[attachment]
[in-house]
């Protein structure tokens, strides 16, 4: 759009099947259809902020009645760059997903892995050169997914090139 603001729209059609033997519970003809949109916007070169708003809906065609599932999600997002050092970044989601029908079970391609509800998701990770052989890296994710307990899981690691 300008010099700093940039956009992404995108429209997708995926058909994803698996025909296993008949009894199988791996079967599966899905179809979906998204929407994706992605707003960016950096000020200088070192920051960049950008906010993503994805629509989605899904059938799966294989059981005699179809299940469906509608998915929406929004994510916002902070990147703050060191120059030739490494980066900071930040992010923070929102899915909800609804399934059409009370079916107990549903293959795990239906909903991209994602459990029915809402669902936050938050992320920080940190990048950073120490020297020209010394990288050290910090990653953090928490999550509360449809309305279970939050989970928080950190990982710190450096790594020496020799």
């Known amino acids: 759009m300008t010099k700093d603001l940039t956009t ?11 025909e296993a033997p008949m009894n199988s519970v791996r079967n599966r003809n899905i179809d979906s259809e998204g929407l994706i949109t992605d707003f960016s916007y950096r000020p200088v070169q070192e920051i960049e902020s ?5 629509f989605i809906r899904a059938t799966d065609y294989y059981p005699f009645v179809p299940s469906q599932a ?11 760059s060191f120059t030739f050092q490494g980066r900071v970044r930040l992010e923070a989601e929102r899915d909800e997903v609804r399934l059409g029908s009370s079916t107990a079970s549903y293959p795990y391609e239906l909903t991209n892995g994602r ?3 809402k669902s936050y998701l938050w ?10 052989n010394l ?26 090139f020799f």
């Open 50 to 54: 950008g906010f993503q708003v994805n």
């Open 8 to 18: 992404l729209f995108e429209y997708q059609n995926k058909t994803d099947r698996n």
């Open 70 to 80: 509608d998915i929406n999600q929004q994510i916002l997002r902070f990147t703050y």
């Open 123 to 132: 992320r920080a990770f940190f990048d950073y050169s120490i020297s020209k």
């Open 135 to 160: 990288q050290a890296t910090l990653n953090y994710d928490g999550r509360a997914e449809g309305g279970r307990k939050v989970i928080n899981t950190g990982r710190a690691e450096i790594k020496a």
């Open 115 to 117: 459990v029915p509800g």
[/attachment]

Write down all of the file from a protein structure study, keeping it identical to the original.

[in-house]
């Protein structure tokens, strides 16, 4: 759009099947259809902020009645760059997903892995050169997914090139 603001729209059609033997519970003809949109916007070169708003809906065609599932999600997002050092970044989601029908079970391609509800998701990770052989890296994710307990899981690691 300008010099700093940039956009992404995108429209997708995926058909994803698996025909296993008949009894199988791996079967599966899905179809979906998204929407994706992605707003960016950096000020200088070192920051960049950008906010993503994805629509989605899904059938799966294989059981005699179809299940469906509608998915929406929004994510916002902070990147703050060191120059030739490494980066900071930040992010923070929102899915909800609804399934059409009370079916107990549903293959795990239906909903991209994602459990029915809402669902936050938050992320920080940190990048950073120490020297020209010394990288050290910090990653953090928490999550509360449809309305279970939050989970928080950190990982710190450096790594020496020799």
């Known amino acids: 759009m300008t010099k700093d603001l940039t956009t ?11 025909e296993a033997p008949m009894n199988s519970v791996r079967n599966r003809n899905i179809d979906s259809e998204g929407l994706i949109t992605d707003f960016s916007y950096r000020p200088v070169q070192e920051i960049e902020s ?5 629509f989605i809906r899904a059938t799966d065609y294989y059981p005699f009645v179809p299940s469906q599932a ?11 760059s060191f120059t030739f050092q490494g980066r900071v970044r930040l992010e923070a989601e929102r899915d909800e997903v609804r399934l059409g029908s009370s079916t107990a079970s549903y293959p795990y391609e239906l909903t991209n892995g994602r ?3 809402k669902s936050y998701l938050w ?10 052989n010394l ?26 090139f020799f």
């Open 50 to 54: 950008g906010f993503q708003v994805n």
């Open 8 to 18: 992404l729209f995108e429209y997708q059609n995926k058909t994803d099947r698996n």
């Open 70 to 80: 509608d998915i929406n999600q929004q994510i916002l997002r902070f990147t703050y």
């Open 123 to 132: 992320r920080a990770f940190f990048d950073y050169s120490i020297s020209k």
């Open 135 to 160: 990288q050290a890296t910090l990653n953090y994710d928490g999550r509360a997914e449809g309305g279970r307990k939050v989970i928080n899981t950190g990982r710190a690691e450096i790594k020496a």
């Open 115 to 117: 459990v029915p509800g």